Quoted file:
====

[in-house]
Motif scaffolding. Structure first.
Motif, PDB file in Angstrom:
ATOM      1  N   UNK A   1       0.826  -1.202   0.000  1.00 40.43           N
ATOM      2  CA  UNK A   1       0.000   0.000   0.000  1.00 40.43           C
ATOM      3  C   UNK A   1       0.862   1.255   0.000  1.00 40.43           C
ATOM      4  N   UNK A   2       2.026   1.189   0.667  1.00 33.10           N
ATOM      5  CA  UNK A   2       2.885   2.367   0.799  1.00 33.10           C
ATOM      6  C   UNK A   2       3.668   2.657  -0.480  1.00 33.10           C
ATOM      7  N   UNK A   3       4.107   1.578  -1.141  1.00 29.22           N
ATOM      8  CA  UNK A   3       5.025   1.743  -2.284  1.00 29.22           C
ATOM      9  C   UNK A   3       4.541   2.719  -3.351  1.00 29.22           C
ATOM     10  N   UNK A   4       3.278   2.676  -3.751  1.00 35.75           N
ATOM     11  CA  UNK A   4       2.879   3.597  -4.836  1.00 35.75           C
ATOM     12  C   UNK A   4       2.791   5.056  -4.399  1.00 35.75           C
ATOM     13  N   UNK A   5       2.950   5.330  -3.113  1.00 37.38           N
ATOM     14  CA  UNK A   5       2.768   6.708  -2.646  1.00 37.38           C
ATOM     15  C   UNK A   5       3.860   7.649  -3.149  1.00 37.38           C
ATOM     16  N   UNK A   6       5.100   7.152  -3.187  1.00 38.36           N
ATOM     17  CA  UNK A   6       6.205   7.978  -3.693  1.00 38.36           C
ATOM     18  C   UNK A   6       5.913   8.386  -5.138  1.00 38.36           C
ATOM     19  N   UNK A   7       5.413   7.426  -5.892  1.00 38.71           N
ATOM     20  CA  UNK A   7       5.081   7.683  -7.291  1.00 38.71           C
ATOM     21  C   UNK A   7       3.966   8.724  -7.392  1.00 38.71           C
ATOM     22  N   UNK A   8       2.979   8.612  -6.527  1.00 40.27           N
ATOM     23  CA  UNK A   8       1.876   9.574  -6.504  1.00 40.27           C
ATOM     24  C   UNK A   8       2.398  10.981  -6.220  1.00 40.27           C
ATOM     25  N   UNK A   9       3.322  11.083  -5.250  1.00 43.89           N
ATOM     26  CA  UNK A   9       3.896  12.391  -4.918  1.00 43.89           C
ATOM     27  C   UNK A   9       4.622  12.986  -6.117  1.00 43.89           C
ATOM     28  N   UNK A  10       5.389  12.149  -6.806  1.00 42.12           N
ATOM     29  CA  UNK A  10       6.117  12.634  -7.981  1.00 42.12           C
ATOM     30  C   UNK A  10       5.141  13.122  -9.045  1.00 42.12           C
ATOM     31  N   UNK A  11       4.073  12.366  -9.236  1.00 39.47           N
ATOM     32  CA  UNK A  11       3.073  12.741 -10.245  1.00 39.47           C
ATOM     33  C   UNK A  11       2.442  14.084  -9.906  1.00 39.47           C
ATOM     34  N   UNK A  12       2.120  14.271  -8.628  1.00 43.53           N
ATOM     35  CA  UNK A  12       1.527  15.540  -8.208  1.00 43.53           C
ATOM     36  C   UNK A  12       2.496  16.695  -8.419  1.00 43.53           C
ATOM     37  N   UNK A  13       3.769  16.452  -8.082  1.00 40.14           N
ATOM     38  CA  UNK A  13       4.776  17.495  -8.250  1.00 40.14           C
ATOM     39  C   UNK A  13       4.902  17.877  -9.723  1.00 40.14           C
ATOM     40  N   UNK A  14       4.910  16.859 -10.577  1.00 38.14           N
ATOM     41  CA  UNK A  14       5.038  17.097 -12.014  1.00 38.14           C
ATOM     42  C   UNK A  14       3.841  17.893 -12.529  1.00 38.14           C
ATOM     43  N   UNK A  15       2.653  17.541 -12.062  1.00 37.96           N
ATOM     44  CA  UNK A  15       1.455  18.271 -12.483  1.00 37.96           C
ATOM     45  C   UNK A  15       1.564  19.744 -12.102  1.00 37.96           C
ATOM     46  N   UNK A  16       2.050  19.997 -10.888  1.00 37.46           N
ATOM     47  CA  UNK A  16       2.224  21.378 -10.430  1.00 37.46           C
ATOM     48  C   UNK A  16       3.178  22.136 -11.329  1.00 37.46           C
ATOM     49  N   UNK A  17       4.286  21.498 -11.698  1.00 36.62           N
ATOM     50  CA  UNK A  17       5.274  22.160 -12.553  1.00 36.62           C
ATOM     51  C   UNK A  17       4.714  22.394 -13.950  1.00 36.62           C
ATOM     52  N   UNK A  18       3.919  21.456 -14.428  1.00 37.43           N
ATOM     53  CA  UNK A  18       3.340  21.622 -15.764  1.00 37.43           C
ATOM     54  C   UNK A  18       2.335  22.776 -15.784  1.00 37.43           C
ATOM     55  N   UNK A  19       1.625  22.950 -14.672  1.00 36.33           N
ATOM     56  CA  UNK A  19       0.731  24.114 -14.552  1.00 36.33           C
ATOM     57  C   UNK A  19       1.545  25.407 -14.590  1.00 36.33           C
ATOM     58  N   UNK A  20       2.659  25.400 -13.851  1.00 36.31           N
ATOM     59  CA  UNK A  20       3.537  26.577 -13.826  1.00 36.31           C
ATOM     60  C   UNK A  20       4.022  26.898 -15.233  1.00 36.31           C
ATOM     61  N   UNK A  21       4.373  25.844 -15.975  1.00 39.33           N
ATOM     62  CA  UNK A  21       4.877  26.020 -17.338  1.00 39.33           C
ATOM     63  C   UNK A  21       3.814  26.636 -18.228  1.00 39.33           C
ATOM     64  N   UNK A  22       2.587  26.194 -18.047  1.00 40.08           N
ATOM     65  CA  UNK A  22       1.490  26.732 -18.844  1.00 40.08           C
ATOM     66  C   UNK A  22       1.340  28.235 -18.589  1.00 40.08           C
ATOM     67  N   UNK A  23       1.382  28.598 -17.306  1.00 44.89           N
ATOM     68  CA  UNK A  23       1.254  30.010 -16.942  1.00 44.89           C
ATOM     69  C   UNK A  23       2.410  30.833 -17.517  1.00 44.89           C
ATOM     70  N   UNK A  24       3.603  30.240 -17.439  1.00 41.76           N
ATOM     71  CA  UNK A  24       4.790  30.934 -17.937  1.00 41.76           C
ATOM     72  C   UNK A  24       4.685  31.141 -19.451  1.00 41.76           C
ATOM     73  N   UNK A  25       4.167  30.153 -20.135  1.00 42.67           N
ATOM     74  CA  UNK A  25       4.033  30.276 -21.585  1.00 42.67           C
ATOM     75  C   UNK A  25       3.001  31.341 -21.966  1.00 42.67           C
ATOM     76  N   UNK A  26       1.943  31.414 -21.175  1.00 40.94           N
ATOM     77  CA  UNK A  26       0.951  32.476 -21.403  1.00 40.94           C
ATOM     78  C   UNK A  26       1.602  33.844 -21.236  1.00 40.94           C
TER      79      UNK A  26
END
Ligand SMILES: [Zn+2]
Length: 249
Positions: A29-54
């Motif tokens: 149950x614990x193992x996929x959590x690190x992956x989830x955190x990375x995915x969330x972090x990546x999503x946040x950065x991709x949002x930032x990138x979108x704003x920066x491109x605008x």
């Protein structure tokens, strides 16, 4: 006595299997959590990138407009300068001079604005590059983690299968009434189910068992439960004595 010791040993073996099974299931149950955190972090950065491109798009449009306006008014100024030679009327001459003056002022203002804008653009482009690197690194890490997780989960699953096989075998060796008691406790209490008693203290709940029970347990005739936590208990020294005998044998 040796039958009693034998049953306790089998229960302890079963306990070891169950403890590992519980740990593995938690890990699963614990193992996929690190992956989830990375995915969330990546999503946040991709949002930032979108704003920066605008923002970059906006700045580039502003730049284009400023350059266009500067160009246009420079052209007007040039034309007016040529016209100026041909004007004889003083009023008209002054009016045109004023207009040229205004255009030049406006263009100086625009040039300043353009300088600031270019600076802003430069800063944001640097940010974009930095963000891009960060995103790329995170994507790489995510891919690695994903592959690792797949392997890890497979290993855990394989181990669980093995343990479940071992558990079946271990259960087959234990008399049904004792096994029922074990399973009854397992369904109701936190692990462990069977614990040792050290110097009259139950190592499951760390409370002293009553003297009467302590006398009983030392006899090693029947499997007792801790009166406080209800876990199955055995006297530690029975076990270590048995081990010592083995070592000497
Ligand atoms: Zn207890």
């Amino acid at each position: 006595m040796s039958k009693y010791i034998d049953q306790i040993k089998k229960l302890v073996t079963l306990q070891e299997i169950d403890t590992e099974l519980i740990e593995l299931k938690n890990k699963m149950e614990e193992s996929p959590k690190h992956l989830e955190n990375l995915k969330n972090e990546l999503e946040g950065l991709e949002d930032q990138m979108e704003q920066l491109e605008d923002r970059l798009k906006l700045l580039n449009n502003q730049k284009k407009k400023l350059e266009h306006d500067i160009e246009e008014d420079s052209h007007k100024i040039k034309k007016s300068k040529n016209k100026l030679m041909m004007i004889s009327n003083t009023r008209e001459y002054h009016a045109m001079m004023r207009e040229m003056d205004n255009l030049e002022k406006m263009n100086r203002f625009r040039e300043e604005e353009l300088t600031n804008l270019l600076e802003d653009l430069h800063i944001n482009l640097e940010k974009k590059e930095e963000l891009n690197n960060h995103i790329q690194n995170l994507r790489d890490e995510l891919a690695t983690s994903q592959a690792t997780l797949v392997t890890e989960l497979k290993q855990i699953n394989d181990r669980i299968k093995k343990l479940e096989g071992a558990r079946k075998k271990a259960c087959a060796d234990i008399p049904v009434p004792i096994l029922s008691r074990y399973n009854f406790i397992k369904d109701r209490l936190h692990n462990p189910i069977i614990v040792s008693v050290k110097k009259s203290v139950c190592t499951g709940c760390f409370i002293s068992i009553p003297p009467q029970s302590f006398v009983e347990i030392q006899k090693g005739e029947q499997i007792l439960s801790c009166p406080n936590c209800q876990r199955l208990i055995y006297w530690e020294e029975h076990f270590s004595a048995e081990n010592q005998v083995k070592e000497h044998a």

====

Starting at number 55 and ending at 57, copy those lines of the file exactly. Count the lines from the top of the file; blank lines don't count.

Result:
ATOM     52  N   UNK A  18       3.919  21.456 -14.428  1.00 37.43           N
ATOM     53  CA  UNK A  18       3.340  21.622 -15.764  1.00 37.43           C
ATOM     54  C   UNK A  18       2.335  22.776 -15.784  1.00 37.43           C